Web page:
Before we get too deep here, let’s settle a few things. Hockey is magnificent, it’s genuine (aside from a few blemishes) and is finally finding its stride after suffering from two dead puck eras in a decade.
To me, hockey is as close to fully functional as you’re going to get, especially with the changes that have come since the 2004-05 lockout. I have no issue with players actively pursuing what they believe to be fair in the new CBA, nor do I take offense with refs involving themselves in on ice shenanigans. Finally I do not condone what Dennis Wideman did to Don Henderson.
“By the age of 18 the average American has witnessed 200,000 acts of violence on television. Most of them occurring during game one of the NHL playoff series” -Steve Rushin.
Hockey is fast.
Really, really fast.
Hockey is also violent.
Really, really violent.
In the last decade alone, the NHL has seen a culture shift. The game now focuses on being faster and more skill oriented, leaving behind the days of grit and brute force winning you a championship.
With that, the average number of fights in an NHL season has decreased, initially you think “well, that’s a good thing!” and it is. CTE is a very real fear that has been brought directly to our living rooms by virtue of documentaries and news clips.
Goons and other forms of troublemakers are being replaced in starting lineups with young gun, speed oriented, skill harboring players.
Similarly to modern day civilization, the battle to police advancing technology has posed more of a challenge than initially suspected. The same can be said about hockey.
Fighting is down, yes. Hitting is not.
More specifically, hits to the head and boarding penalties are reaching sky high numbers because officials have been instructed to police fighting more strictly. Leaving the door slightly ajar to illegal body contact.
You could argue that with the lack of “goons” or “grinders” on the ice to stick up for teammates less inclined to engage in physical altercation, gives agitators more freedom to do really whatever the hell they want out there. With a complete and total lack of repercussion.
Dennis Wideman found himself in the most bizarre of situations this past year. In a game against the Nashville Predators, Wideman was sideswiped by the elbow of Miikka Salomaki.
Recovering from the blow, Wideman immediately grabs his head to indicate he was injured on the play. As he skates towards the bench he targeted and cross checked referee Don Henderson in his upper back.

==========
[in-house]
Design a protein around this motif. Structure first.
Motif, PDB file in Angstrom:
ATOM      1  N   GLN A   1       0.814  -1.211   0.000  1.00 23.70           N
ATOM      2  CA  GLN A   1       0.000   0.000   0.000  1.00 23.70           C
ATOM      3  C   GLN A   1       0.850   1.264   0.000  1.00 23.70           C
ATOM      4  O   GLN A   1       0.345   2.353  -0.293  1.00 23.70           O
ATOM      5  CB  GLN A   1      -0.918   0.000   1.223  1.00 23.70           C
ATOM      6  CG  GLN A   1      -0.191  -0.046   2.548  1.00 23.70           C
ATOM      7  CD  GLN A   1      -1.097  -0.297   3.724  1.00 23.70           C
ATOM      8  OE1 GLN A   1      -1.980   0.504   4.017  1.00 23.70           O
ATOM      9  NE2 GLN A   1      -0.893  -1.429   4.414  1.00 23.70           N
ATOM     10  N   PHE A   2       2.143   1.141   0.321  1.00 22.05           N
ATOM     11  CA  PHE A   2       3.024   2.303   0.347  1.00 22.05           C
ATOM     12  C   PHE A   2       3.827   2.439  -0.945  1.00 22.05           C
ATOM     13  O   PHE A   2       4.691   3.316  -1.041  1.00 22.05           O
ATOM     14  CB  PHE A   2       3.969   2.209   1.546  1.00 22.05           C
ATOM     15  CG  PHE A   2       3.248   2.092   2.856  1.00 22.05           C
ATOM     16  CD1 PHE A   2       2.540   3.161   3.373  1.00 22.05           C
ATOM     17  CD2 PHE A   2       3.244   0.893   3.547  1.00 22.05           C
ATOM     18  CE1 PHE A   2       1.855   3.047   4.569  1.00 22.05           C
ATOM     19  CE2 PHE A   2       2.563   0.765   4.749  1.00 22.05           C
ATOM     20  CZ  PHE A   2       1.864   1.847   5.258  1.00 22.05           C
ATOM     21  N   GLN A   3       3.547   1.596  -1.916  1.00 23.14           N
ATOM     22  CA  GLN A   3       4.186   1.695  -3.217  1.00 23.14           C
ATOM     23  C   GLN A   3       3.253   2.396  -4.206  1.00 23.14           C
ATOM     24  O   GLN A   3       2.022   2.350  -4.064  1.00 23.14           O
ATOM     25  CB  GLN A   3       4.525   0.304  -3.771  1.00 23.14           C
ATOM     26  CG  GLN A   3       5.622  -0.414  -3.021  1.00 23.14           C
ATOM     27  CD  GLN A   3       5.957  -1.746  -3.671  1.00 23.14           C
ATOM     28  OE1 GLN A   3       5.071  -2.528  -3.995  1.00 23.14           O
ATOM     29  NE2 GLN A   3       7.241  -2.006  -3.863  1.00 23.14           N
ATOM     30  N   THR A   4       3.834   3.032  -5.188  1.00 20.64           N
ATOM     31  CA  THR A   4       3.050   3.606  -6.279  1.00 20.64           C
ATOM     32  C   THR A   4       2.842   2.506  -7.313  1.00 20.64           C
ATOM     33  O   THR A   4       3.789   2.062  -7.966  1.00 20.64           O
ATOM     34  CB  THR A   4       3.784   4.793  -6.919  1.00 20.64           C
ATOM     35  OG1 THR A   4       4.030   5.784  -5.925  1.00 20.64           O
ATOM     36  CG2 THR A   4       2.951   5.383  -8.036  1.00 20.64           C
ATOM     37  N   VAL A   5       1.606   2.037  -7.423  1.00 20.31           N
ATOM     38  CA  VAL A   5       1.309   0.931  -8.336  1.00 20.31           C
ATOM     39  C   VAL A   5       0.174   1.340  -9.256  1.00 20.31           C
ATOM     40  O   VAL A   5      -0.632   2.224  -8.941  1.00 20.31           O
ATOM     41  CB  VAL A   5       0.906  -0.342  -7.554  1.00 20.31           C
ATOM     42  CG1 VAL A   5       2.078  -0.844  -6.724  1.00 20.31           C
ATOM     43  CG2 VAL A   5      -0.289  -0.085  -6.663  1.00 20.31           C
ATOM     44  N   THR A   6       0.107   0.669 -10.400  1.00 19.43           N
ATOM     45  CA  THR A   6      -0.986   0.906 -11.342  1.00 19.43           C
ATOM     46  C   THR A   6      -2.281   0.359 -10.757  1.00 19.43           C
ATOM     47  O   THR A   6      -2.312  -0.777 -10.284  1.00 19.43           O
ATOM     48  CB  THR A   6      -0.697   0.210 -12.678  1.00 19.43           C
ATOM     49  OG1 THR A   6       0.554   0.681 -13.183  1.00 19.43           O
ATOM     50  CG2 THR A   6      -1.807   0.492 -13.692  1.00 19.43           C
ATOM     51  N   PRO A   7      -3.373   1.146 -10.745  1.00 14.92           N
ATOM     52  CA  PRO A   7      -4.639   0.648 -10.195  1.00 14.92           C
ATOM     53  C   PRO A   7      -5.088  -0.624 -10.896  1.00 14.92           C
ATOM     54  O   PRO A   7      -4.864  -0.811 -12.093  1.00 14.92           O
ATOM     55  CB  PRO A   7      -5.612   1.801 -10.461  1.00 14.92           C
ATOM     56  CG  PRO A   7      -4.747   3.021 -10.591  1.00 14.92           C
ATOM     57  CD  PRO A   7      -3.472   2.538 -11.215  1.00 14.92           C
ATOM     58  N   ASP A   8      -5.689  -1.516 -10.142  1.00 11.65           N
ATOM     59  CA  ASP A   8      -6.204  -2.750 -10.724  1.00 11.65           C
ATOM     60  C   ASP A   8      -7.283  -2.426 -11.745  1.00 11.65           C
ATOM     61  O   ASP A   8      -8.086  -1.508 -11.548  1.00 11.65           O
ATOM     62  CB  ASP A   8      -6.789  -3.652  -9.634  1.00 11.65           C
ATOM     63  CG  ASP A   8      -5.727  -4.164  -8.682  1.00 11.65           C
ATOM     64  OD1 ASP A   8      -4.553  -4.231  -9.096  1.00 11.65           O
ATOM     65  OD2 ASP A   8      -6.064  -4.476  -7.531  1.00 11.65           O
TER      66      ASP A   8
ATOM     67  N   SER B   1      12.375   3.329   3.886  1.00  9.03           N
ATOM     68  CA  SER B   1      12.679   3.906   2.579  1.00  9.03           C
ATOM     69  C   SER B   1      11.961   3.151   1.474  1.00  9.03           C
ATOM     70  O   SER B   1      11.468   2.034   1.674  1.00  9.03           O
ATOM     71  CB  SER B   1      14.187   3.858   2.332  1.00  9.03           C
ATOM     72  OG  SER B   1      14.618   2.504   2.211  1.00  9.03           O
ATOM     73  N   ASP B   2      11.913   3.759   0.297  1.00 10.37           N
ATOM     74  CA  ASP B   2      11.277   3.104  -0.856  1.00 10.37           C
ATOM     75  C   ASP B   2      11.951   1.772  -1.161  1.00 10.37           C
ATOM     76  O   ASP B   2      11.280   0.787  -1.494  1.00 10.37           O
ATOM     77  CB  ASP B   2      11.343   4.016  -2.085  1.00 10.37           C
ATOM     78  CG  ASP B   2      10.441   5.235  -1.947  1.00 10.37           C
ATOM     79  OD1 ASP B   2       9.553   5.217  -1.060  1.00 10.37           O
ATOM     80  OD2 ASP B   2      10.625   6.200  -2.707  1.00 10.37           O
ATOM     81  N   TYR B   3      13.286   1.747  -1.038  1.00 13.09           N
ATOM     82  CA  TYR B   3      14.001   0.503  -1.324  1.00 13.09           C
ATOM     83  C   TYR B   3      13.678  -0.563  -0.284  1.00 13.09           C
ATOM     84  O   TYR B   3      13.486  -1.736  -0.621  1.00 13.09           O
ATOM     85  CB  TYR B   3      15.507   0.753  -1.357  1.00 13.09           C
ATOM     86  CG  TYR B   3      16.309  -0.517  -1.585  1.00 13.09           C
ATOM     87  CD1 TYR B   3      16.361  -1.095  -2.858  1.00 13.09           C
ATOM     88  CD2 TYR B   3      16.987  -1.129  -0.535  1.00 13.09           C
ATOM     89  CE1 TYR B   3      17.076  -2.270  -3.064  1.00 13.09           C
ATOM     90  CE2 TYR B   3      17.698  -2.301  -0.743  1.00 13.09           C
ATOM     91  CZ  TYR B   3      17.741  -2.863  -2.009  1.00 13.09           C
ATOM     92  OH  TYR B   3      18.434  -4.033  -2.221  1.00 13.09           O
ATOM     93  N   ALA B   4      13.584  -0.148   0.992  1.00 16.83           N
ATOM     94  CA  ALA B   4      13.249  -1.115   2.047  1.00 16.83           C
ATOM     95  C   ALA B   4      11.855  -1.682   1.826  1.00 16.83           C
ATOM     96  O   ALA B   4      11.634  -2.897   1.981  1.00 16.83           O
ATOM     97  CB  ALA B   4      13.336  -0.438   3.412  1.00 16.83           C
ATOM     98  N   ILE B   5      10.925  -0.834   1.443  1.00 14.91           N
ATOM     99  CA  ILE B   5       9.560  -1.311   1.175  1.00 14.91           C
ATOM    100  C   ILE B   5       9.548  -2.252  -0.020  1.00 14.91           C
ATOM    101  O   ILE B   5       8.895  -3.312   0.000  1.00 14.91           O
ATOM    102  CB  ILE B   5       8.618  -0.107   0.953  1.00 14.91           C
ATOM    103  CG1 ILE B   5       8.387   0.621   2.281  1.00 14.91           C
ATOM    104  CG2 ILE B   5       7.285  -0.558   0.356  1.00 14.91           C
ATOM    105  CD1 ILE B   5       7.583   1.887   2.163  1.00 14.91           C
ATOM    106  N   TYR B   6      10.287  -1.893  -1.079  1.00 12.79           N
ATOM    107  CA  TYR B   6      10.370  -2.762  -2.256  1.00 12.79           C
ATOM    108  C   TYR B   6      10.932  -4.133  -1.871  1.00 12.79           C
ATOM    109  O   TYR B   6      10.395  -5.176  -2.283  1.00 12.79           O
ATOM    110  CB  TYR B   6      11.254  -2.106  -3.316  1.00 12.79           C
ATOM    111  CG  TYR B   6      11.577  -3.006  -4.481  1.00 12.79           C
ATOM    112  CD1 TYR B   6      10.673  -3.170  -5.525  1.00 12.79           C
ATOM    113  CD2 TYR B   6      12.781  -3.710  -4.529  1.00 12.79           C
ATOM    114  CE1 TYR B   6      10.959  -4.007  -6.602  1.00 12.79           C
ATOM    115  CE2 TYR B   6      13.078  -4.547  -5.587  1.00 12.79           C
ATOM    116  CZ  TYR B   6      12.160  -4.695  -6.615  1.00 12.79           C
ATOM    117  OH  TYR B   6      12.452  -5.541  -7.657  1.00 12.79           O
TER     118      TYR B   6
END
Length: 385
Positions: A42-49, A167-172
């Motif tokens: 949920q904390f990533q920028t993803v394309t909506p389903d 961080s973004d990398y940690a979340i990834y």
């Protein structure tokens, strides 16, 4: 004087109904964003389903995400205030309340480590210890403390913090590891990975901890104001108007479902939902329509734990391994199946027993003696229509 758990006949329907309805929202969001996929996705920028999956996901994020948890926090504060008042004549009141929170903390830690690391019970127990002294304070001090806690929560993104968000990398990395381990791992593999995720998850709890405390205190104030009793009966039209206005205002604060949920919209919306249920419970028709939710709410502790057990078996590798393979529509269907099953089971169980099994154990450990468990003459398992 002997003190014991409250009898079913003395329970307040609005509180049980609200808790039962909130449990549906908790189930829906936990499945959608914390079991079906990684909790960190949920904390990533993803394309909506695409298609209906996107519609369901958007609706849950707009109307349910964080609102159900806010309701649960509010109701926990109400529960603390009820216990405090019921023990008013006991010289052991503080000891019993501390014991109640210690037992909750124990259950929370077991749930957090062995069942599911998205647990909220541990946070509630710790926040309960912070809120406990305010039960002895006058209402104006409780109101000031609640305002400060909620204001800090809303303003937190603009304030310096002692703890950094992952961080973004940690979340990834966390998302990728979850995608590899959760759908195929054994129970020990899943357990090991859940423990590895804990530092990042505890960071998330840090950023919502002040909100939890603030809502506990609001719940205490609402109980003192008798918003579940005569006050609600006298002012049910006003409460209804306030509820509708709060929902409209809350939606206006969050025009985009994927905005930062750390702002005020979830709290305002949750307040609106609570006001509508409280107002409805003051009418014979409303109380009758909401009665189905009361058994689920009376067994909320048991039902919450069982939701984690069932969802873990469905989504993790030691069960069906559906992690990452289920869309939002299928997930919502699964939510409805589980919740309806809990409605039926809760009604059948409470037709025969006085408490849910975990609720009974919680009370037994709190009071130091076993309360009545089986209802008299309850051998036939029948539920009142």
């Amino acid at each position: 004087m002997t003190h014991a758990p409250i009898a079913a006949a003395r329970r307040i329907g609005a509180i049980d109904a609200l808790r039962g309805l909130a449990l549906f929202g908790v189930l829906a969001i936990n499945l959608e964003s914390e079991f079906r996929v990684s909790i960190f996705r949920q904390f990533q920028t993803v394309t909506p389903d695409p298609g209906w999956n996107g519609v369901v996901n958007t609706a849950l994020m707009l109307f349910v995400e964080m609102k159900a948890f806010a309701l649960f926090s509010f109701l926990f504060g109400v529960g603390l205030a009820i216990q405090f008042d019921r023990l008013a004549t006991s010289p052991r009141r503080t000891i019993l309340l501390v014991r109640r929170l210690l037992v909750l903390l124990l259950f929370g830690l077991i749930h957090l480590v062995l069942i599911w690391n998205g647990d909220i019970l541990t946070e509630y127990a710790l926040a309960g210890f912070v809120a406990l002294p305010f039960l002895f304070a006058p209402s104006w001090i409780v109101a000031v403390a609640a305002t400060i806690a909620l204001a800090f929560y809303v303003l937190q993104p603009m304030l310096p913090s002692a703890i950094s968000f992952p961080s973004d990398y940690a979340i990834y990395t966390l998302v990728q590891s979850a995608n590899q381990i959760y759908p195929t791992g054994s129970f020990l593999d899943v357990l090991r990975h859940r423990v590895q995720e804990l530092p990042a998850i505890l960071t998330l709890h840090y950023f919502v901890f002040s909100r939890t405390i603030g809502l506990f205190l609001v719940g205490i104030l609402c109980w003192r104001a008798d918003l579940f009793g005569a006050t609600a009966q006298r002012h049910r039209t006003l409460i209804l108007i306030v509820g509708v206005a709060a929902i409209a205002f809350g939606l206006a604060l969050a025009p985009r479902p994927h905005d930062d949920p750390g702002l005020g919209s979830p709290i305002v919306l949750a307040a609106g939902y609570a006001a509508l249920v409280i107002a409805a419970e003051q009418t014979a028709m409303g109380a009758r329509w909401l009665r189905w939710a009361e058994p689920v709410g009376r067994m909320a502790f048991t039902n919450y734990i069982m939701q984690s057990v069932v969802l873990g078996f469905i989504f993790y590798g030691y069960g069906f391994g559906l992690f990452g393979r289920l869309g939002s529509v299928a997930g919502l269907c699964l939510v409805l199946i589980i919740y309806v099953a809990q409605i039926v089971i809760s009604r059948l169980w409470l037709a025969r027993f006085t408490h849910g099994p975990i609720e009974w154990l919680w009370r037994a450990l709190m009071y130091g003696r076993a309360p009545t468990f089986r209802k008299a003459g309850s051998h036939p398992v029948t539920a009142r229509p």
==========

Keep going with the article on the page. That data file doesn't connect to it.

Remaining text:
Wideman publicly apologized after initially blaming his actions on a self diagnosed concussion post game.
Don Henderson is a 47 year old linesman who needed off season neck surgery to fix damages suffered from the Wideman hit. Going public this past week saying his career may very well be over.
More horrifying is that in the first round of the 2016 NHL playoffs alone, there were two distinct boarding/hits from behind. Delivered to Derek Stepan and Dmitry Orlov.
In Stepan’s case, there was no call on the play, which is somewhat concerning. Now, there appeared to be no intent to injure but at the very least warranted a 2 minute minor.
When calls like this go unmade more often than not a equal or greater retaliation soon follows.
For Orlov, there was a five minute major and a game misconduct handed to Pierre-Edouard Bellemare. In this situation, the hit was far more violent quantified by the fact it was a blowout in favor of the Capitals. Washington was awarded a power play. Bellemare was tossed from the game and in the following matchup he had to face the music.
That’s how hockey should be handled. In the matchup between the Bruins and Penguins following his hit on then all star Marc Savard. Matt Cooke threw fists with Shawn Thornton behind a rumpus TD Garden crowd. Then that was it, the hatchet was buried.
Hockey is a game of unwritten rules and respect, when you cross the line you have to be prepared to face the consequences of your actions. With the lack of enforcers on the ice players have more freedom to bend and stretch the rules with no fear of owning up to it.
You never want to see hits like this happen, but when they do, the responsibility falls on the two referees and the two linesman to make at the very least, a minor penalty call.
This is a call to action, nobody deserves to have their career derailed because someone takes liberties on a defenseless player. A classic case of give and take, it starts with the officials consistently making the correct calls and enforcing more strict penalties. From there, the players have to respect one another enough to eliminate that aspect of hockey from the game.
So, is it benign neglect on behalf of the NHL and its officials? Or is it a lack of overall respect between players? Let the debate begin.
Even Bobby Orr, one of the greatest to ever lace up skates, is concerned that hockey has become too big and fast for its own good.
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